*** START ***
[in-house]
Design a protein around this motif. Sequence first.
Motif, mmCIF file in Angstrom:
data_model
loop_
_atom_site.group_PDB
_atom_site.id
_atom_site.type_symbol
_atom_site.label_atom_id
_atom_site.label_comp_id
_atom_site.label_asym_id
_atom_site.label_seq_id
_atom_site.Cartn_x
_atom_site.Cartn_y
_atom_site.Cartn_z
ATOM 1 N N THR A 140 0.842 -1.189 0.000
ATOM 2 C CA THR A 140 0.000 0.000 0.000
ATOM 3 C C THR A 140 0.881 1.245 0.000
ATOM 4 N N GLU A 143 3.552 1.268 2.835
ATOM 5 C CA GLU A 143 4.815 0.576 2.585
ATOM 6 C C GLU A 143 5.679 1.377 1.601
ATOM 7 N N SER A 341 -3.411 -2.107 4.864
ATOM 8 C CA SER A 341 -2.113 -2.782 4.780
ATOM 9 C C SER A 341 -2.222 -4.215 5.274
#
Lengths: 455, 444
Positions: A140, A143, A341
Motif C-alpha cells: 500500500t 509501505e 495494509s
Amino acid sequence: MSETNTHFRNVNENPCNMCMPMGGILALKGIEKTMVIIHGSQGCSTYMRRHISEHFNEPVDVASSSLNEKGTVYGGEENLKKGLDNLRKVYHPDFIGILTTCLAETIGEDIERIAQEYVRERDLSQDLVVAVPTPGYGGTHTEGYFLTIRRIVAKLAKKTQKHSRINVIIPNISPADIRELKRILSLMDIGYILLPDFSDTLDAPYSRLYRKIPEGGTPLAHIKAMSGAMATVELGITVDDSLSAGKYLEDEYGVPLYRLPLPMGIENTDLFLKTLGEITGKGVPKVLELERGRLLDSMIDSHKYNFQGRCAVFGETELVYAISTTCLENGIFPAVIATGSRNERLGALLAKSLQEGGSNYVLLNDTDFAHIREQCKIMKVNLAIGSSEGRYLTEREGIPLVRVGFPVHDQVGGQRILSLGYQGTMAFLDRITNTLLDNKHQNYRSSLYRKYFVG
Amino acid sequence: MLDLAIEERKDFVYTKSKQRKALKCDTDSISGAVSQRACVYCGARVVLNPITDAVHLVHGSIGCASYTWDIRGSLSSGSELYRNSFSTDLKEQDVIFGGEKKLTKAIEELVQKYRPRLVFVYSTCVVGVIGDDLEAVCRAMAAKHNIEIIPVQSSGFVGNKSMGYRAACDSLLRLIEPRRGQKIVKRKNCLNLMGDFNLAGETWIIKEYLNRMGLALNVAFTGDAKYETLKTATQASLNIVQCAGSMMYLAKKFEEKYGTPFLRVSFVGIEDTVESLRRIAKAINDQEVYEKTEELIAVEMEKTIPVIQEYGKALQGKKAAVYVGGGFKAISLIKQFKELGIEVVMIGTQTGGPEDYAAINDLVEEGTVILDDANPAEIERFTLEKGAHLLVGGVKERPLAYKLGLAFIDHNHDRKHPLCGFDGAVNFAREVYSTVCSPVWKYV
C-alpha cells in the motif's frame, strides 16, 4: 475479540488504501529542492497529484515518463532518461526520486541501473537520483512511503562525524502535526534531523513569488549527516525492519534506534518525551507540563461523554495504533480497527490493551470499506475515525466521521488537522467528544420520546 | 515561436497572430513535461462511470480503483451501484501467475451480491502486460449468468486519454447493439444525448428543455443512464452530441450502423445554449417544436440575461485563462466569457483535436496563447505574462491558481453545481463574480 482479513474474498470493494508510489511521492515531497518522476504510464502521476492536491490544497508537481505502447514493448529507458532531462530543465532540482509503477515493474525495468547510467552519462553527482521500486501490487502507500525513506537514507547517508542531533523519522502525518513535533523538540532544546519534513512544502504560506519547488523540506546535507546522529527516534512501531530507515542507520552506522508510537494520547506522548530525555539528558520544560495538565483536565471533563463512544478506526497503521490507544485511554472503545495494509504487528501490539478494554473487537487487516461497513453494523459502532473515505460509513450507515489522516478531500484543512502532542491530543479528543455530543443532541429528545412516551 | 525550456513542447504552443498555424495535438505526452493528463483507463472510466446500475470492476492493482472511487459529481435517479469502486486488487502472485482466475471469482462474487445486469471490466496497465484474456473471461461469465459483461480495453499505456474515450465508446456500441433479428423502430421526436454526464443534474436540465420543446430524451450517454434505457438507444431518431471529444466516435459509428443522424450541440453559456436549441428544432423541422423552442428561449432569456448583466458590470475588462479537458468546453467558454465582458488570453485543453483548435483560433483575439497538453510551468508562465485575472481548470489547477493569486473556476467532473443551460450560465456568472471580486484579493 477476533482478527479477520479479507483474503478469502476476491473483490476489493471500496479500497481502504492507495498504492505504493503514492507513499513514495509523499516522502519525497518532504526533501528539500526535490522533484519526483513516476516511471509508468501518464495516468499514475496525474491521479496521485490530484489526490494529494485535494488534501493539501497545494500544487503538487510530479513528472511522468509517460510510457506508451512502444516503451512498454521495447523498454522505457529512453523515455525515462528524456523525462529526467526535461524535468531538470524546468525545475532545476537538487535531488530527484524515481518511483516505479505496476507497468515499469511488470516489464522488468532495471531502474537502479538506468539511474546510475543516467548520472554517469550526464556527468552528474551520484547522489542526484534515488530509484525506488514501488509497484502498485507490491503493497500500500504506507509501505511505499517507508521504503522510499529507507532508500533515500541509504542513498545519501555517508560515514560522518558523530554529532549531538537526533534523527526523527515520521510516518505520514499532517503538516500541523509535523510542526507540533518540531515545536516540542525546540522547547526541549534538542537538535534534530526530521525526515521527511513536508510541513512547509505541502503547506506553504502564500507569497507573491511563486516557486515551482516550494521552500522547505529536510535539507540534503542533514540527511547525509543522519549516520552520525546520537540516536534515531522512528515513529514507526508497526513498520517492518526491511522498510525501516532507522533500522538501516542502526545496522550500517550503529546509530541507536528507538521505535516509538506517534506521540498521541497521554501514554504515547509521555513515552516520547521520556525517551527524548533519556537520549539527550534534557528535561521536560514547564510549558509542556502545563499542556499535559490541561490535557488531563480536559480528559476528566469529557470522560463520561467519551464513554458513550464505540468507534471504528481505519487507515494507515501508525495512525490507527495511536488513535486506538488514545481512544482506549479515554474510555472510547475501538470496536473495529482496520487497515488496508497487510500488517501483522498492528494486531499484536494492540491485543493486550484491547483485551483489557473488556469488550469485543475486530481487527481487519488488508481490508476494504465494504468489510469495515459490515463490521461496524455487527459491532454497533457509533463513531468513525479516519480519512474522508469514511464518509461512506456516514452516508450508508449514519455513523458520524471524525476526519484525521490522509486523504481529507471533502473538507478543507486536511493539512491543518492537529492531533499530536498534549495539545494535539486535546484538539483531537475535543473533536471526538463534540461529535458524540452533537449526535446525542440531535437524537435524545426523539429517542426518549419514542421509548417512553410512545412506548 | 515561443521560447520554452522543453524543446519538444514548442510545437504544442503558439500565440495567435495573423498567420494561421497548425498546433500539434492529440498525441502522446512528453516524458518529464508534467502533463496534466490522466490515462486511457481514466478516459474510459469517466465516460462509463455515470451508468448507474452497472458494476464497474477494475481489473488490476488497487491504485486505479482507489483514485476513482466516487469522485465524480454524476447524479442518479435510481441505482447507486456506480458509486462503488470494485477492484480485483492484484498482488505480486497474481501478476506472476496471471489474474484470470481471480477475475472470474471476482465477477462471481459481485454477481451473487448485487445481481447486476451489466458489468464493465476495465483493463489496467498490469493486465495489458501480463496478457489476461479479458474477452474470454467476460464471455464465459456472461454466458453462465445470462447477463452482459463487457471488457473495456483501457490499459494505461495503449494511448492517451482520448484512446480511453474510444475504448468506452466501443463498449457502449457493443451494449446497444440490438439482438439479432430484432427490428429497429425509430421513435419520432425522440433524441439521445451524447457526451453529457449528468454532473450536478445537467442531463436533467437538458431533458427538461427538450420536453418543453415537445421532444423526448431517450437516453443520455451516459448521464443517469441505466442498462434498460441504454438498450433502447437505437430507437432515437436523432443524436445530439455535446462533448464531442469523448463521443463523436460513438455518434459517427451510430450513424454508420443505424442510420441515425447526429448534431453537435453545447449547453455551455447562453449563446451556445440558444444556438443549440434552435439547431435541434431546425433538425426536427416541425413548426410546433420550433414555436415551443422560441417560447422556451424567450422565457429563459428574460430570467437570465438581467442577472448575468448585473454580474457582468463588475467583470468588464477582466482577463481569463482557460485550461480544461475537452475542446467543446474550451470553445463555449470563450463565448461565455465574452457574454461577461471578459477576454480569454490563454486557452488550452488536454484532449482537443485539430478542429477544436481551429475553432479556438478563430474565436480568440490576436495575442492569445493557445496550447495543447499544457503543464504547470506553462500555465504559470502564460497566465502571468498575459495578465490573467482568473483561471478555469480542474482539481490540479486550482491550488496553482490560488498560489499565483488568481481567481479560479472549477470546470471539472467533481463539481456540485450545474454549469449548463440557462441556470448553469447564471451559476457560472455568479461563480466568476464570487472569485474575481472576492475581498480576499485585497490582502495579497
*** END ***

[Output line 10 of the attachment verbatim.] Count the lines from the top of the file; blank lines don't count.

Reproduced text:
_atom_site.label_comp_id